We seem so fond of lining up statistics so that we can relate to the actual number. Surely it does not take a mile marker or a football field to imagine 30,000 dead children each day, 365.2422 days of the year.

More than 100 million children world-wide don’t even go to school, bad schools or otherwise. Of all those children that do not ever get to attend school, most of them are female. The Episcopal Diocese of Fort Worth does not allow women to be priests; far too many places in under-developed parts of our world don’t allow women to do anything but care for their husband and families.

There are 8 Millennium Development Goals in all. Go to to read them all and to find resources that will help inform.

Let us just think about these three goals – extreme poverty (which will help on all the other goals), primary education for all children, gender equality and empowerment of women. These are the three key goals. If these three are achieved, all the others will fall into a solvable category.

So today, let us try to wrap our minds and our hearts around these three goals. Let us open ourselves up – our eyes, our minds, our hearts – to all those in our own viewable world who live on the streets, whose children go to bed hungry, who work without benefits or in extremely underpaid jobs, to our school systems which under educate our children. Then let us go even further, with God’s help, to imagine our national problems multiplied. We do not even have to multiply it by a very big number.

We must be able to empathize. Sympathy is a Hallmark card. We have to feel the pain; smell the death; hear the cries. Only then will we find the compassion that drives us to DO something.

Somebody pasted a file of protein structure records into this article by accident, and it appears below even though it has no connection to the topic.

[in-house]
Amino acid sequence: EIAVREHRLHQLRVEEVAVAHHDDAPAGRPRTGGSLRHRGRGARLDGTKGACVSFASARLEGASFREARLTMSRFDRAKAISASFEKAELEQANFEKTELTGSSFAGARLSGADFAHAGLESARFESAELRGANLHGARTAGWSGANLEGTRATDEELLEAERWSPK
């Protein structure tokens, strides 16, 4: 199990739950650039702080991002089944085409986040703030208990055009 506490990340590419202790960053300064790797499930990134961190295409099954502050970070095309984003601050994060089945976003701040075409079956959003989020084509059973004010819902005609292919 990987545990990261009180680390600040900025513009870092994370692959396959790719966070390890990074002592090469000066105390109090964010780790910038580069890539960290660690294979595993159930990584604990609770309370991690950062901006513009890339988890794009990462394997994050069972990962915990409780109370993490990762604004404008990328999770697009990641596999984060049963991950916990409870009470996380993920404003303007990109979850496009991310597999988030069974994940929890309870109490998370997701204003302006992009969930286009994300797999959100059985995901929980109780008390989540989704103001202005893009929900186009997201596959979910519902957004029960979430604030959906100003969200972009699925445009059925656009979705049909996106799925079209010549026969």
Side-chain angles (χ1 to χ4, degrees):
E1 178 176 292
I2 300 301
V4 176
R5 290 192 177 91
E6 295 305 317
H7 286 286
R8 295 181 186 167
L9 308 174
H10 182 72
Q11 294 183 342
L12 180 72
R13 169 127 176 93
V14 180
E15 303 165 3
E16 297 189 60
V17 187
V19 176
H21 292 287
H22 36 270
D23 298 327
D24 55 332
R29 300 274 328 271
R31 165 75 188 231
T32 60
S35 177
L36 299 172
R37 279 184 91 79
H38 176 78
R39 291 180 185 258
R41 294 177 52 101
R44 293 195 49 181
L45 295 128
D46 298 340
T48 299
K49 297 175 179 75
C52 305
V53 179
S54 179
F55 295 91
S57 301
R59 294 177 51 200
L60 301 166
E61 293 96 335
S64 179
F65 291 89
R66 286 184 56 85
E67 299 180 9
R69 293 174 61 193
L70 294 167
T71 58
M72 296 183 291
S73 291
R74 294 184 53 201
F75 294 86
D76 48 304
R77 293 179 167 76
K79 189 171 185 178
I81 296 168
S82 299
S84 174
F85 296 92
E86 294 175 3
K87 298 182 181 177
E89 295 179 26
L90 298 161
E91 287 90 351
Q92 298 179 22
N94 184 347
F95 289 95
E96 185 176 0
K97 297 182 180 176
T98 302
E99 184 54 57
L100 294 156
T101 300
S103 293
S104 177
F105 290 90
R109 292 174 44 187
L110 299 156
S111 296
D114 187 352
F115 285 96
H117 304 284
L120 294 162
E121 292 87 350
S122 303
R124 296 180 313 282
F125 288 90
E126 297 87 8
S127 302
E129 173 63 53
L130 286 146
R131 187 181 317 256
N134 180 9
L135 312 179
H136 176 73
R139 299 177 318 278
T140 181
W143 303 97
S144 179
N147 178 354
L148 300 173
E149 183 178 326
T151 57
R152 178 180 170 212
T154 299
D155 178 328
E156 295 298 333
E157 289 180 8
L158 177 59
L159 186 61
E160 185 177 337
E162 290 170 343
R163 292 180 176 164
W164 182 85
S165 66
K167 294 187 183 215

PRAY as if our own child’s life depended upon it.

FAST from all excess if not from a meal. With each bite of food, with every sip of water, remember that there are not just a few but a great many who have no choice in what they eat or what they drink.

WITNESS not only to God’ steadfast love but to the idea that we can love our neighbor and show that love.


Hold tightly to all these memories. Because it is in the re-memory that we learn. It is in this re-memory that we change.

And it is all about change. We have no choice.

“The Spirit of the Lord is upon me, because he has anointed meto bring good news to the poor. He has sent me to proclaim release to the captivesand recovery of sight to the blind, to let the oppressed go free, to proclaim the year of the Lord’s favour.” Luke 4:18-19


David said...

posatively prophetic, and powerfully written
now how do we get your witness more widely distributed?

thank-you dear sister


Barbi Click said...

Thank you, David, my brother.
Take it, share it, link it, copy it...however it may be done. I do know that Mike Kinman will be using the MDG blogs from the day on the EGR blog spot. and I know that he asked me if he could use this one. So, it will be up there at some point.
Blessings to you